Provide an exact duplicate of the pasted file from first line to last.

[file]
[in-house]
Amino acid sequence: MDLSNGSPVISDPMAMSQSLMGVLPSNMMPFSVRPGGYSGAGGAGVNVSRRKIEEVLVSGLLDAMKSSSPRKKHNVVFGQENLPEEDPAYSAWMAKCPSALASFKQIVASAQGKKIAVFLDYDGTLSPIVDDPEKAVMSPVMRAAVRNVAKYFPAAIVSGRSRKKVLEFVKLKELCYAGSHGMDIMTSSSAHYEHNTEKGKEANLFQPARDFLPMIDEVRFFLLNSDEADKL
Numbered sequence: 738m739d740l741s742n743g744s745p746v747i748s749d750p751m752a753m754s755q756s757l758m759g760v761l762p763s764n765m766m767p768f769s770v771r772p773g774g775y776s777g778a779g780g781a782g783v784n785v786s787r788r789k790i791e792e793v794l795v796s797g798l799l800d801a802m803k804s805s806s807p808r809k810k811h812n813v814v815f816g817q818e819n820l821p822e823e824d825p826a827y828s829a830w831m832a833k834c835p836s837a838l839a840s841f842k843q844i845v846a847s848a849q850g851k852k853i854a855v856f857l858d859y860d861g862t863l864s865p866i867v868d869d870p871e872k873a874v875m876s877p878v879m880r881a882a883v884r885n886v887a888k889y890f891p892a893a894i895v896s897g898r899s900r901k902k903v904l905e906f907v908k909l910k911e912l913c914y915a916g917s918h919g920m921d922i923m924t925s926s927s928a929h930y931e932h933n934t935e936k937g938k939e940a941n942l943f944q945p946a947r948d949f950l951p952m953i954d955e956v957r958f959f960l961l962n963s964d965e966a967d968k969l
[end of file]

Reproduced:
[in-house]
Amino acid sequence: MDLSNGSPVISDPMAMSQSLMGVLPSNMMPFSVRPGGYSGAGGAGVNVSRRKIEEVLVSGLLDAMKSSSPRKKHNVVFGQENLPEEDPAYSAWMAKCPSALASFKQIVASAQGKKIAVFLDYDGTLSPIVDDPEKAVMSPVMRAAVRNVAKYFPAAIVSGRSRKKVLEFVKLKELCYAGSHGMDIMTSSSAHYEHNTEKGKEANLFQPARDFLPMIDEVRFFLLNSDEADKL
Numbered sequence: 738m739d740l741s742n743g744s745p746v747i748s749d750p751m752a753m754s755q756s757l758m759g760v761l762p763s764n765m766m767p768f769s770v771r772p773g774g775y776s777g778a779g780g781a782g783v784n785v786s787r788r789k790i791e792e793v794l795v796s797g798l799l800d801a802m803k804s805s806s807p808r809k810k811h812n813v814v815f816g817q818e819n820l821p822e823e824d825p826a827y828s829a830w831m832a833k834c835p836s837a838l839a840s841f842k843q844i845v846a847s848a849q850g851k852k853i854a855v856f857l858d859y860d861g862t863l864s865p866i867v868d869d870p871e872k873a874v875m876s877p878v879m880r881a882a883v884r885n886v887a888k889y890f891p892a893a894i895v896s897g898r899s900r901k902k903v904l905e906f907v908k909l910k911e912l913c914y915a916g917s918h919g920m921d922i923m924t925s926s927s928a929h930y931e932h933n934t935e936k937g938k939e940a941n942l943f944q945p946a947r948d949f950l951p952m953i954d955e956v957r958f959f960l961l962n963s964d965e966a967d968k969l